Over-the-counter pain relief medications like ibuprofen are safe if you are breastfeeding and can help relieve the pain of perineal wounds. Ibuprofen is not recommended if your baby was born premature and aspirin is not advised because it is passed through breastmilk to the baby. 

Other methods of pain relief that are helpful for perineal healing include:

  • Placing a cold compress or ice pack wrapped in a towel against the perineum for 10-20 minutes a few times per day
  • Taking a warm sitz bath helps to ease the pain and keep the wound clean

Perineal Care During Toilet Visits 

It can admittedly be uncomfortable to use the toilet after a perineal tear or episiotomy during childbirth, but the following tips will help you through without infecting the wound or disrupting the sutures. 

  • Gently pour some warm water over the vagina and perineal wound when you pee to prevent stinging, pain, or discomfort. 
  • Instead of wiping clean after a pee, use a spray bottle to spritz some water on the vagina. 
  • To dry the vagina after a pee, gently pat it clean or use a hairdryer.
  • Holding a clean sanitary pad against the perineal wound while having a bowel movement will protect it from the pressure of pushing.  
  • Eat a healthy diet with plenty of fiber to avoid constipation. 
  • Always wipe from front to back to keep the sutures clean and prevent infection.

Pelvic Floor Recovery 

Due to the over-stretching of the perineum, vagina, and pelvic floor muscles during labor, they will require some re-toning afterward to prevent long-term urinary incontinence, pelvic organ prolapse, and painful sex. 

To re-strengthen and improve blood circulation to the perineum and pelvic floor muscles after childbirth, it’s helpful to start practicing Kegel exercises as soon as you feel ready. Kegel exercises involve contracting, holding, and releasing the pelvic floor muscles in repeated sets a few times per day. 

It is helpful to contract and relax the pelvic floor muscles to improve circulation to the muscles themselves and surrounding tissues. These contractions are called kegels. It is helpful to begin practicing regular Kegel exercises in the weeks after childbirth, it also helps to progress to using Kegel Weights once your OB/GYN approves it, generally 12 weeks and beyond past delivery to allow for full healing. Recent research has shown that the majority of women are not targeting the pelvic floor muscles correctly during Kegel exercises, and the weights help train the brain to control these pelvic floor muscles.  

Available in sets that range from 0.9oz-4.400z, Intimate Rose Kegel Weights are made from medical-grade silicone that is safe for the body. Once inserted with the help of some water-based lubricant, the vaginal and pelvic floor muscles naturally wrap around the weights to hold them in place. This allows busy new mothers to retrain their pelvic floor for 10-20 minutes while getting on with other mom chores and responsibilities.  

Treating the Scar of a Perineal Tear or Episiotomy

Within 4-5 weeks after birth, the perineal tear will begin to form a scar. Elasticity will still be lacking in the newly formed skin as well as in its connections to the muscles and tissues around it. If your OB/GYN doesn’t show you how to perform a perineal massage, ask them to. 

Regular perineal massage for 5-10 minutes per day at this stage will improve blood circulation to the area and reduce the risk of tight and painful scar tissue forming. It will also help to reduce the emergence of raised bumps along the scar and help new mothers feel more confident about the prospect of resuming intercourse.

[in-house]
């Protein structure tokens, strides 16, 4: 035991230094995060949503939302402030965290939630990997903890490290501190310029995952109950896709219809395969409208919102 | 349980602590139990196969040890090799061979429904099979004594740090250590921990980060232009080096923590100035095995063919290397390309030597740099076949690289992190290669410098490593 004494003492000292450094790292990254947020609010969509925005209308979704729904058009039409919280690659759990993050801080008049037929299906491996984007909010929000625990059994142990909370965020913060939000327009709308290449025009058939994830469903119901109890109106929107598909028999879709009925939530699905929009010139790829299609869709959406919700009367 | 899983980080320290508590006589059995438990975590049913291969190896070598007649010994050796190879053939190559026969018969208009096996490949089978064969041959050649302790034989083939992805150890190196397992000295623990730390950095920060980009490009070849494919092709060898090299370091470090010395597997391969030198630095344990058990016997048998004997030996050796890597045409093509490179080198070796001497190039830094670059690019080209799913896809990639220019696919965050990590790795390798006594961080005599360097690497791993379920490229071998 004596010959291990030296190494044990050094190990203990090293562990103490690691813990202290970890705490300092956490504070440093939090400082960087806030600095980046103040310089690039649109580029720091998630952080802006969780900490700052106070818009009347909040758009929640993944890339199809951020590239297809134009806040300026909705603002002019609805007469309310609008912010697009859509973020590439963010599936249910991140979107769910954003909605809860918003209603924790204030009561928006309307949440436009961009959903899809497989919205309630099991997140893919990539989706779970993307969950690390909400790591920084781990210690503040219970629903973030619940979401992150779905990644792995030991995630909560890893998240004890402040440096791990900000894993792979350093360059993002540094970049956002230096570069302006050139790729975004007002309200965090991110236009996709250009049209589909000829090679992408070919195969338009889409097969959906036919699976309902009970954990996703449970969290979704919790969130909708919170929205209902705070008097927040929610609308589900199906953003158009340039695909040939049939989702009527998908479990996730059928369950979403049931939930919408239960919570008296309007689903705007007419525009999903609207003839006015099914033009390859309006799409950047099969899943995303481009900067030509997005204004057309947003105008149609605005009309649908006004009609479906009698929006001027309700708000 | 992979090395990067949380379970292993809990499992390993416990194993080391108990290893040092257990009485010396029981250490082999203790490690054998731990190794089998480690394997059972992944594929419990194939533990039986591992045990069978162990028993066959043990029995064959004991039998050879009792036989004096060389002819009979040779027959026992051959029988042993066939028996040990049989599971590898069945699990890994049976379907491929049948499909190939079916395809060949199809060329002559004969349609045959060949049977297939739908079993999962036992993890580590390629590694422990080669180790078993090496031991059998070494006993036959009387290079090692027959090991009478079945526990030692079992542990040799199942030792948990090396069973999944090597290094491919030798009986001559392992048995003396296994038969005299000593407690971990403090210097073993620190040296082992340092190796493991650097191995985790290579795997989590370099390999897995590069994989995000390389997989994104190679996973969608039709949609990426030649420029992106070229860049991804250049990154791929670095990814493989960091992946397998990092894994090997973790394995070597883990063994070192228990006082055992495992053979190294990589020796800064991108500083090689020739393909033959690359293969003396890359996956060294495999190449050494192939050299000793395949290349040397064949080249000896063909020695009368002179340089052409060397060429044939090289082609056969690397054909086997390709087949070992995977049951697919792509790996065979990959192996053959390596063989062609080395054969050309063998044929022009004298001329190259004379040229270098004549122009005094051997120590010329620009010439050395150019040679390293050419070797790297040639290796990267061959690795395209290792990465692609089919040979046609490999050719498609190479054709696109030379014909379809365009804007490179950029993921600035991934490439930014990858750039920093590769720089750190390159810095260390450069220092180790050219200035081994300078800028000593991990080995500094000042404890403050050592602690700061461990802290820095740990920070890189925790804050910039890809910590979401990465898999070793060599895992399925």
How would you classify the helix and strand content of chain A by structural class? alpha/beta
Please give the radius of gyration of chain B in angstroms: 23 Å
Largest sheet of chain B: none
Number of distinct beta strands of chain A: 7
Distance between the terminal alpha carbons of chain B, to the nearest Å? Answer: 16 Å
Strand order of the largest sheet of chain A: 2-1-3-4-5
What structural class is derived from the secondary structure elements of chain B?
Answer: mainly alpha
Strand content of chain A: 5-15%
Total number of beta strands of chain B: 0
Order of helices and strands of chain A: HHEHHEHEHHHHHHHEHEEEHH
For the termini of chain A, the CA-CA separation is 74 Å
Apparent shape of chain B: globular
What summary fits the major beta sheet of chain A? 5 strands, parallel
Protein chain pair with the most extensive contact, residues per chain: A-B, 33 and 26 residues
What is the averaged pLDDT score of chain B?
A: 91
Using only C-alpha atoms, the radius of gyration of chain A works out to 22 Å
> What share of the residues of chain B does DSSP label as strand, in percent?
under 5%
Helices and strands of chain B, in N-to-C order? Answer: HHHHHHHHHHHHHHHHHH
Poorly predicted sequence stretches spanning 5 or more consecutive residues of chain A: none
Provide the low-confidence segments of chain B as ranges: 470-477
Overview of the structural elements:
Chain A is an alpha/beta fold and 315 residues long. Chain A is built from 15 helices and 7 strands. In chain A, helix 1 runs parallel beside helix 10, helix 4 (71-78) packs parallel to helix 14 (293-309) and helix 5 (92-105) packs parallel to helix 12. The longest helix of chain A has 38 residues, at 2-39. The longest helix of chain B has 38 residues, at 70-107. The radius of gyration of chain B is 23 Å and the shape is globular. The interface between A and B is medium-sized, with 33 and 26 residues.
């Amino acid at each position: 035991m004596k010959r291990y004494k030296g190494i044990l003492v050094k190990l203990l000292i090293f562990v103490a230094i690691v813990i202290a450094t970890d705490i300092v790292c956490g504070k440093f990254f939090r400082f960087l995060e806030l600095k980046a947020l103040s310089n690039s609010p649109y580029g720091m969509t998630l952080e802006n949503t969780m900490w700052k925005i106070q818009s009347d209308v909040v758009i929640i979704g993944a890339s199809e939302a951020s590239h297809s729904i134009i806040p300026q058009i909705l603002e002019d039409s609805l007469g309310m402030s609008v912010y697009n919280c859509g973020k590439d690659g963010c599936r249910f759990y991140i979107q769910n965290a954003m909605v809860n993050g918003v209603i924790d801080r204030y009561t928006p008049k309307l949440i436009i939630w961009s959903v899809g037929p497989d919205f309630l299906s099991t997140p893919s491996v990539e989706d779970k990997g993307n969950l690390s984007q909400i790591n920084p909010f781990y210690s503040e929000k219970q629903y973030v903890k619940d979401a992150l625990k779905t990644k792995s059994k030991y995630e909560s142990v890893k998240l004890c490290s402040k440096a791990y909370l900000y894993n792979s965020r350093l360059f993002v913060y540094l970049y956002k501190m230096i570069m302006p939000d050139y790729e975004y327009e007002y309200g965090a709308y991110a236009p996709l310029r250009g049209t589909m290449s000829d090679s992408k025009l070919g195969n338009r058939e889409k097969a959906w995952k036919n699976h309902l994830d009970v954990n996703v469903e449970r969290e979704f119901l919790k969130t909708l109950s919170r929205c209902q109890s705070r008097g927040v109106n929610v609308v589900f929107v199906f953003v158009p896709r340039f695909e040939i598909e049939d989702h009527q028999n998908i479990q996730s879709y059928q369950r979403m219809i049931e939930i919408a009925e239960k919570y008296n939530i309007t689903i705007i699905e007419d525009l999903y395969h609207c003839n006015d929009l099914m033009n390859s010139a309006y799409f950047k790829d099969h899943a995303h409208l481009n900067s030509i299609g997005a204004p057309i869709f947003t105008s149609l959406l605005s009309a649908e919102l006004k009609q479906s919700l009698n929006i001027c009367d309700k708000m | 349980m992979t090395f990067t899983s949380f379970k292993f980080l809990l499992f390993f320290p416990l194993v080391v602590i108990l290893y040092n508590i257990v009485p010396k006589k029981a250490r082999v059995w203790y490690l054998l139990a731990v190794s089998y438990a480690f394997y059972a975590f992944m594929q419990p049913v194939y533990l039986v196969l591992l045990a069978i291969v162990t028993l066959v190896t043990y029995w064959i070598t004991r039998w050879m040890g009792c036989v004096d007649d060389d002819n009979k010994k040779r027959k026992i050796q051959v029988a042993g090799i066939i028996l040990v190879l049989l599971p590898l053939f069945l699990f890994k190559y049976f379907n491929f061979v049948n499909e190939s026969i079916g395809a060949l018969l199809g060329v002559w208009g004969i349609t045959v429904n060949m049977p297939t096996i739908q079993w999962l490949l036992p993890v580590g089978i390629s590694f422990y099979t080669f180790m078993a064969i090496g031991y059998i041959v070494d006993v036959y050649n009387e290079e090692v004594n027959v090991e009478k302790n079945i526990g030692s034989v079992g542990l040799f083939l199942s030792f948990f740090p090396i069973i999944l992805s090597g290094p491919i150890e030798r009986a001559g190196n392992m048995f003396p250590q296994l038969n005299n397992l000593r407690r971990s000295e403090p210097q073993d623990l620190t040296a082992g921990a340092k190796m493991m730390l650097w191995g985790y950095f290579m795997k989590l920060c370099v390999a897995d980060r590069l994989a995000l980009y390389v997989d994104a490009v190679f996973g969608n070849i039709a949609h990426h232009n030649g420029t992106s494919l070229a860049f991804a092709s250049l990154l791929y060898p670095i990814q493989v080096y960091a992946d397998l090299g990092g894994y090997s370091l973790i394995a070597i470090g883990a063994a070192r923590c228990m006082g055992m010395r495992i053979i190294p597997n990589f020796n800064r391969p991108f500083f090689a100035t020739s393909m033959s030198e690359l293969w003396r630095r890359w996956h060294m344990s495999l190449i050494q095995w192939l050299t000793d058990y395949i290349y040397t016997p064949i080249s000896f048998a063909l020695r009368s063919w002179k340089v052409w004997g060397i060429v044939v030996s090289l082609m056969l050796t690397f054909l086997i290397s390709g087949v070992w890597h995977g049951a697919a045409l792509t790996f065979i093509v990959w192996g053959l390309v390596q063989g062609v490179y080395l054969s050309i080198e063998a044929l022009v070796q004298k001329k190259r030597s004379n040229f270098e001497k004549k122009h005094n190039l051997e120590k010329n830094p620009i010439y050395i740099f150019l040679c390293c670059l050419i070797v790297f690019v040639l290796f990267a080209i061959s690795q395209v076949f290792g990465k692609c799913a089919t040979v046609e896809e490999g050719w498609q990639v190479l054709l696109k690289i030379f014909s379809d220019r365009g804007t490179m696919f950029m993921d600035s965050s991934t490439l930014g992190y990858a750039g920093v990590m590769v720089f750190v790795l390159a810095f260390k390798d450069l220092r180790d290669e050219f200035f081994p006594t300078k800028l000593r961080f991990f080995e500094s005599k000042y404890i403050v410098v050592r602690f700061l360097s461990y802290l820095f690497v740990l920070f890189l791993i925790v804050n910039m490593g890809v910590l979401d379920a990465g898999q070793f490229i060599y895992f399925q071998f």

Approximately 8 weeks after childbirth, the perineal wound will feel less painful during massage, meaning the skin tissues and muscles are strengthening. At this point, a pelvic massage wand can be used for deep tissue and muscle massage to further reduce tight scar tissue and any raised bumps along the line of the scar. 

Returning to Sex After Perineal Tears or an Episiotomy

The most important thing to remember about returning to sex after childbirth is, there is no rush. In addition to feeling sore, you may also feel too tired. Taking your time will also give your pelvic floor muscles and vagina the time they need to recover. 

When you do resume sex after childbirth be sure to use lubricant to avoid vaginal dryness and a condom if you’re not planning on getting pregnant again.  

What If Sex Is Painful After Childbirth?

Some women encounter pain during sex after childbirth or develop a fear of penetration due to the pelvic trauma they experienced during delivery. Although unsettling, painful sex or fear of vaginal penetration does not have to last forever and it’s helpful to speak with your OB/GYN about using pelvic health tools called Vaginal Dilators. 

Vaginal dilators are widely recommended for at-home use to gently and slowly rejuvenate the vaginal and pelvic floor muscles after childbirth and other pelvic injuries.  

When purchasing a set of vaginal dilators, make sure they are made from body-safe, medical-grade silicone for vaginal health and comfort. It’s also recommended to buy a set of gradually increasing sizes so you can start with the smallest dilator (the size of a pinkie finger) and progress at your own pace to the largest (the size of an erect penis). 


Perineal tears during childbirth are common but can differ for every woman. Some are mild and heal quickly, while others can be severe, require sutures, take longer to heal, and result in long-term complications. Caring for the perineal wound after delivery is the key to preventing complications like incontinence, prolapse, and painful sex. 

Whether you’ve experienced a perineal tear or an episiotomy, follow our guide to perineal healing above to avoid infection, prevent complications, and return to enjoyable sex after childbirth. 


Mayo Clinic – What to Expect After a Vaginal Birth -

Teach Me Anatomy – The Perineum -

National Childbirth Trust – Perineal Tears: Recovery and Care -

Johns Hopkins Medicine – Episiotomy -

Birth Injury Health Center - Episiotomy Complications and Side Effects -

Cleveland Clinic – Skin -

Cleveland Clinic – Healing After an Episiotomy -

Obstetrics & Gynecology Online Library - Effectiveness of antenatal perineal massage in reducing perineal trauma and post-partum morbidities -